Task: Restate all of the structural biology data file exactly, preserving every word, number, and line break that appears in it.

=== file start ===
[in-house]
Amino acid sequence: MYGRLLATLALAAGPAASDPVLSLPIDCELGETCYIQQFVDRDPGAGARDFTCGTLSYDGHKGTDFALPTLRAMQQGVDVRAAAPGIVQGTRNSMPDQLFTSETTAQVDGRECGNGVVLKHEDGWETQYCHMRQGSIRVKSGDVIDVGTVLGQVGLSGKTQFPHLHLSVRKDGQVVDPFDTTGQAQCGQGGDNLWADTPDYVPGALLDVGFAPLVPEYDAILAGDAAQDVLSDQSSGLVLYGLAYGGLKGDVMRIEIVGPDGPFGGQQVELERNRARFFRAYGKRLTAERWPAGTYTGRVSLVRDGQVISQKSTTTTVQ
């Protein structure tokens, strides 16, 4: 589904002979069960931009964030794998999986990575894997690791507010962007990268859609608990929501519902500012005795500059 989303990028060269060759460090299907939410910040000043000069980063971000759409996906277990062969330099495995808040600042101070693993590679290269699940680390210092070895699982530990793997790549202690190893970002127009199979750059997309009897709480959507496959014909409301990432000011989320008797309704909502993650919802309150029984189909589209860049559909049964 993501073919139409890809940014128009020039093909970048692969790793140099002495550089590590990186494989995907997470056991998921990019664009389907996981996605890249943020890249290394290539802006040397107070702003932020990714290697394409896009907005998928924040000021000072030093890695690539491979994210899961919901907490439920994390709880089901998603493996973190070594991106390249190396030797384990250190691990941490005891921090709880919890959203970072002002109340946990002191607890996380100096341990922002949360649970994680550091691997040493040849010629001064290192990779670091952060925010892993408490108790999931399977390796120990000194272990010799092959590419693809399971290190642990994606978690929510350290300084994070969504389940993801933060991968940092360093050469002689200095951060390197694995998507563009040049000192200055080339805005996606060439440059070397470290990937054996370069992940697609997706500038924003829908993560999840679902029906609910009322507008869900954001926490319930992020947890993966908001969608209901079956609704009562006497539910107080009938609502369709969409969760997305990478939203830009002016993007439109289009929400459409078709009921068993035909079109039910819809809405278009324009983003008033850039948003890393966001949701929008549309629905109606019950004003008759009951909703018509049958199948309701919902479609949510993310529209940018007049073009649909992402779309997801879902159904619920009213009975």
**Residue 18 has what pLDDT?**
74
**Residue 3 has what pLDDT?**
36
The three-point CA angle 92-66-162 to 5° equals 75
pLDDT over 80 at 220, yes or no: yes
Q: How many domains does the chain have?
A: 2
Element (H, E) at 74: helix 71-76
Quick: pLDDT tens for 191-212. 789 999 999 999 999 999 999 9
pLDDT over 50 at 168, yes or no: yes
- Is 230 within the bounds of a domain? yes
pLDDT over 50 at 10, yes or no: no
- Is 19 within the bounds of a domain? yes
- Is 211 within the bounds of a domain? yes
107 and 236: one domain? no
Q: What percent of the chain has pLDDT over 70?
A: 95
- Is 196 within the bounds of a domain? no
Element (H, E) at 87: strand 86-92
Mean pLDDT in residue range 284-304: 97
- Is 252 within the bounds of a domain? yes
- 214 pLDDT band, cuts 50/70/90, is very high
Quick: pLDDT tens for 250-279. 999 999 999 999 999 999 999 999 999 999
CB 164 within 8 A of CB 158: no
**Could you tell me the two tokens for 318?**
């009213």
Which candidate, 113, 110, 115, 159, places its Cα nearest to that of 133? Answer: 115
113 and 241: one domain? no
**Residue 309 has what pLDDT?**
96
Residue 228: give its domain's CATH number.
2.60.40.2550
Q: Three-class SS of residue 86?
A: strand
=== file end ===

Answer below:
[in-house]
Amino acid sequence: MYGRLLATLALAAGPAASDPVLSLPIDCELGETCYIQQFVDRDPGAGARDFTCGTLSYDGHKGTDFALPTLRAMQQGVDVRAAAPGIVQGTRNSMPDQLFTSETTAQVDGRECGNGVVLKHEDGWETQYCHMRQGSIRVKSGDVIDVGTVLGQVGLSGKTQFPHLHLSVRKDGQVVDPFDTTGQAQCGQGGDNLWADTPDYVPGALLDVGFAPLVPEYDAILAGDAAQDVLSDQSSGLVLYGLAYGGLKGDVMRIEIVGPDGPFGGQQVELERNRARFFRAYGKRLTAERWPAGTYTGRVSLVRDGQVISQKSTTTTVQ
């Protein structure tokens, strides 16, 4: 589904002979069960931009964030794998999986990575894997690791507010962007990268859609608990929501519902500012005795500059 989303990028060269060759460090299907939410910040000043000069980063971000759409996906277990062969330099495995808040600042101070693993590679290269699940680390210092070895699982530990793997790549202690190893970002127009199979750059997309009897709480959507496959014909409301990432000011989320008797309704909502993650919802309150029984189909589209860049559909049964 993501073919139409890809940014128009020039093909970048692969790793140099002495550089590590990186494989995907997470056991998921990019664009389907996981996605890249943020890249290394290539802006040397107070702003932020990714290697394409896009907005998928924040000021000072030093890695690539491979994210899961919901907490439920994390709880089901998603493996973190070594991106390249190396030797384990250190691990941490005891921090709880919890959203970072002002109340946990002191607890996380100096341990922002949360649970994680550091691997040493040849010629001064290192990779670091952060925010892993408490108790999931399977390796120990000194272990010799092959590419693809399971290190642990994606978690929510350290300084994070969504389940993801933060991968940092360093050469002689200095951060390197694995998507563009040049000192200055080339805005996606060439440059070397470290990937054996370069992940697609997706500038924003829908993560999840679902029906609910009322507008869900954001926490319930992020947890993966908001969608209901079956609704009562006497539910107080009938609502369709969409969760997305990478939203830009002016993007439109289009929400459409078709009921068993035909079109039910819809809405278009324009983003008033850039948003890393966001949701929008549309629905109606019950004003008759009951909703018509049958199948309701919902479609949510993310529209940018007049073009649909992402779309997801879902159904619920009213009975």
**Residue 18 has what pLDDT?**
74
**Residue 3 has what pLDDT?**
36
The three-point CA angle 92-66-162 to 5° equals 75
pLDDT over 80 at 220, yes or no: yes
Q: How many domains does the chain have?
A: 2
Element (H, E) at 74: helix 71-76
Quick: pLDDT tens for 191-212. 789 999 999 999 999 999 999 9
pLDDT over 50 at 168, yes or no: yes
- Is 230 within the bounds of a domain? yes
pLDDT over 50 at 10, yes or no: no
- Is 19 within the bounds of a domain? yes
- Is 211 within the bounds of a domain? yes
107 and 236: one domain? no
Q: What percent of the chain has pLDDT over 70?
A: 95
- Is 196 within the bounds of a domain? no
Element (H, E) at 87: strand 86-92
Mean pLDDT in residue range 284-304: 97
- Is 252 within the bounds of a domain? yes
- 214 pLDDT band, cuts 50/70/90, is very high
Quick: pLDDT tens for 250-279. 999 999 999 999 999 999 999 999 999 999
CB 164 within 8 A of CB 158: no
**Could you tell me the two tokens for 318?**
């009213």
Which candidate, 113, 110, 115, 159, places its Cα nearest to that of 133? Answer: 115
113 and 241: one domain? no
**Residue 309 has what pLDDT?**
96
Residue 228: give its domain's CATH number.
2.60.40.2550
Q: Three-class SS of residue 86?
A: strand